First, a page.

You and the Law
Beware the Power of E-mails--They Can Amend Contracts
The facts—The plaintiff, Arthur H. Stevens, sold his New York-based public relations firm, Lobsenz-Stevens (L-S), to defendant Publicis S.A., a French company. The sale involved an employment agreement under which the plaintiff was to continue as CEO of the new company, PDNY, for three years. Stevens’ duties were to be the “customary duties of a chief executive officer.”
Within six months of the acquisition, signs of financial problems appeared. Stevens was removed as CEO of the business and was given several options, including leaving the firm, staying and working on new business, or coming up with another alternative.
Thereafter, Bob Bloom, former chairman and CEO of Publicis USA, became involved as he and Stevens exchanged a series of e-mails, culminating in a message from Bloom setting forth his understanding of the parties’ terms regarding Stevens’ new role at PDNY: “Thus I suggested an allocation of your time that would permit the majority of your effort to go against new business development (70 percent). I also suggested that the remaining time be allocated to maintaining/growing the former Lobsenz-Stevens clients (20 percent) and involvement in management/operations of the unit (10 percent). This option…offers the best opportunity for you to achieve your stated goal of a full earn-out. When I suggested this option, you seemed to have considerable enthusiasm for it and expressed your satisfaction with it so I, of course, assumed that it was an option you preferred.”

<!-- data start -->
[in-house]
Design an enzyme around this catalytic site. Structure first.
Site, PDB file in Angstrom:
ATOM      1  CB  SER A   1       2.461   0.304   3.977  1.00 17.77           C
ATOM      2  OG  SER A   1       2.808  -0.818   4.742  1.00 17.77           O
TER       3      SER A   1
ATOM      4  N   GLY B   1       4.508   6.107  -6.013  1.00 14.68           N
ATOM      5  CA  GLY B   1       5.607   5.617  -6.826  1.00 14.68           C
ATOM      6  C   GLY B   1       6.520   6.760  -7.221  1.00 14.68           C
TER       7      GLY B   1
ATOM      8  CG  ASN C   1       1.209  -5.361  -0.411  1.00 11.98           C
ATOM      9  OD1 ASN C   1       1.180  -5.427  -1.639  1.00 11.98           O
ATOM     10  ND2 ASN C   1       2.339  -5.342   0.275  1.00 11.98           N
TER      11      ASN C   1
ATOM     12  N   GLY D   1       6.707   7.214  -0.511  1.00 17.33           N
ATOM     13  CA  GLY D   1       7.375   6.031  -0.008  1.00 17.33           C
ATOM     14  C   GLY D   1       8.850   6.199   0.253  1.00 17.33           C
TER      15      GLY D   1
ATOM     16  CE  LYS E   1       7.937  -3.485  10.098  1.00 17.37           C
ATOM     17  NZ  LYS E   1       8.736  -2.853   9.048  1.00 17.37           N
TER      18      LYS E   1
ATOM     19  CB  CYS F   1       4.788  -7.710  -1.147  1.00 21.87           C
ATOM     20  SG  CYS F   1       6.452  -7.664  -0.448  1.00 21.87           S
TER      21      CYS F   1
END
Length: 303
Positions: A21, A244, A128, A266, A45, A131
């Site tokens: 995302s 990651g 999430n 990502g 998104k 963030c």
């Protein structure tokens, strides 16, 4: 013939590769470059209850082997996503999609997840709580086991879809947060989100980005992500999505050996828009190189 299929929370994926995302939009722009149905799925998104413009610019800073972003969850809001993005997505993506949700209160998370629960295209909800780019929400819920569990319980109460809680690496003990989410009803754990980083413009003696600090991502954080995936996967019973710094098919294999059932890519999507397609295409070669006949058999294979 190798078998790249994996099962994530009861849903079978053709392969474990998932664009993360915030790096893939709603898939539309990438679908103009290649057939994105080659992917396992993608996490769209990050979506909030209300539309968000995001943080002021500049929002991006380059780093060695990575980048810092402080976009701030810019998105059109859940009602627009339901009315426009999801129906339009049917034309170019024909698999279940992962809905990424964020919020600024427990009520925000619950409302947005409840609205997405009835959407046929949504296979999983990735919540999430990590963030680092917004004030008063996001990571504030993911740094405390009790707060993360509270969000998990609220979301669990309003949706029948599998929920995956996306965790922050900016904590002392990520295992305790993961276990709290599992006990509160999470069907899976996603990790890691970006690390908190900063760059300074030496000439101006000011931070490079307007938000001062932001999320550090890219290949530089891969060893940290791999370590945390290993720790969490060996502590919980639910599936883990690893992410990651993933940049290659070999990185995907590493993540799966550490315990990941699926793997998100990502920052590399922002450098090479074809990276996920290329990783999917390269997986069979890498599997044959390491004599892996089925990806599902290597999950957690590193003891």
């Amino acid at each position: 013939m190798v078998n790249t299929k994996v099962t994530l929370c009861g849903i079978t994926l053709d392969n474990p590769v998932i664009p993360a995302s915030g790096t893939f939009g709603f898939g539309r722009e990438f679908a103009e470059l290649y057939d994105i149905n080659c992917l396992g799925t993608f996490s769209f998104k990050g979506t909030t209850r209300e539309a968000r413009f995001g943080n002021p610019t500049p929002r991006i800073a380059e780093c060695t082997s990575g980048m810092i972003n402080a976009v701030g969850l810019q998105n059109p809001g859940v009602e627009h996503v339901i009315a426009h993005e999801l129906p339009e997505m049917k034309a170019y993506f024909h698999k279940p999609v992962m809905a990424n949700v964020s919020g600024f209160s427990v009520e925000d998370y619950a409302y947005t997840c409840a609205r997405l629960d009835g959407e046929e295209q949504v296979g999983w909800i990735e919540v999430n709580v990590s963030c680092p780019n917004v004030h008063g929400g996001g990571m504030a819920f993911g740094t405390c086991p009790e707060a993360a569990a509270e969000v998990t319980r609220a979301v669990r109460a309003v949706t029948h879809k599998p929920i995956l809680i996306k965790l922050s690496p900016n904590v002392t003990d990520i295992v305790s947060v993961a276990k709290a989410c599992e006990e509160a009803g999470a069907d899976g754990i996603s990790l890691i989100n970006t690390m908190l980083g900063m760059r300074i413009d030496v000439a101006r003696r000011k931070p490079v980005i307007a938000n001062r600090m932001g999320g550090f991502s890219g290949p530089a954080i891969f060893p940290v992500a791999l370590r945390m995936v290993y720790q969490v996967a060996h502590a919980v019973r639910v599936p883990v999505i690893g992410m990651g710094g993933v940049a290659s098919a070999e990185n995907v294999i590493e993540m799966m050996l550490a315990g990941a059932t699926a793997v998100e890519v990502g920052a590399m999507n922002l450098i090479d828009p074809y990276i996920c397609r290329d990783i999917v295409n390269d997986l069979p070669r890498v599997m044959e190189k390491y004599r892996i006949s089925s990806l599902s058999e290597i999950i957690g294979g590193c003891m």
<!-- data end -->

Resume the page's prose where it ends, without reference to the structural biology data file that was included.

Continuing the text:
By e-mail the next day, Stevens wrote:
“I accept your proposal with total enthusiasm and excitement… I’m psyched again and will do everything in my power to generate business, maintain profits, work well with others and move forward.”
Bloom replied the same day: “I’m thrilled with your decision. You have my personal assurance that all of us will continue to work in the spirit of partnership to achieve our mutual goal and function together as close senior collaborators in a climate of respect and dignity for all.”The ruling: For the French company, because the parties had agreed in writing to modify Stevens’ duties under the employment agreement, through the e-mail exchange in which both sides expressed their unqualified acceptance of the modification to the agreement.
The reasoning: The employment agreement contained a clause allowing modification through subsequent written documents signed by all parties. New York, like most states, had a “statute of frauds” state law requiring “signed writings” (i.e. written contracts) for contracts extending beyond one year. E-mails qualified. And there was no contract clause prohibiting e-mails as constituting signed writing for the purpose of amending this employment agreement.
Lessons of this case:
• Sloppy e-mails can bind parties to contract changes, and
• Other forms of digital media (such as transcribed voicemail or text messages) may not be far behind. MF
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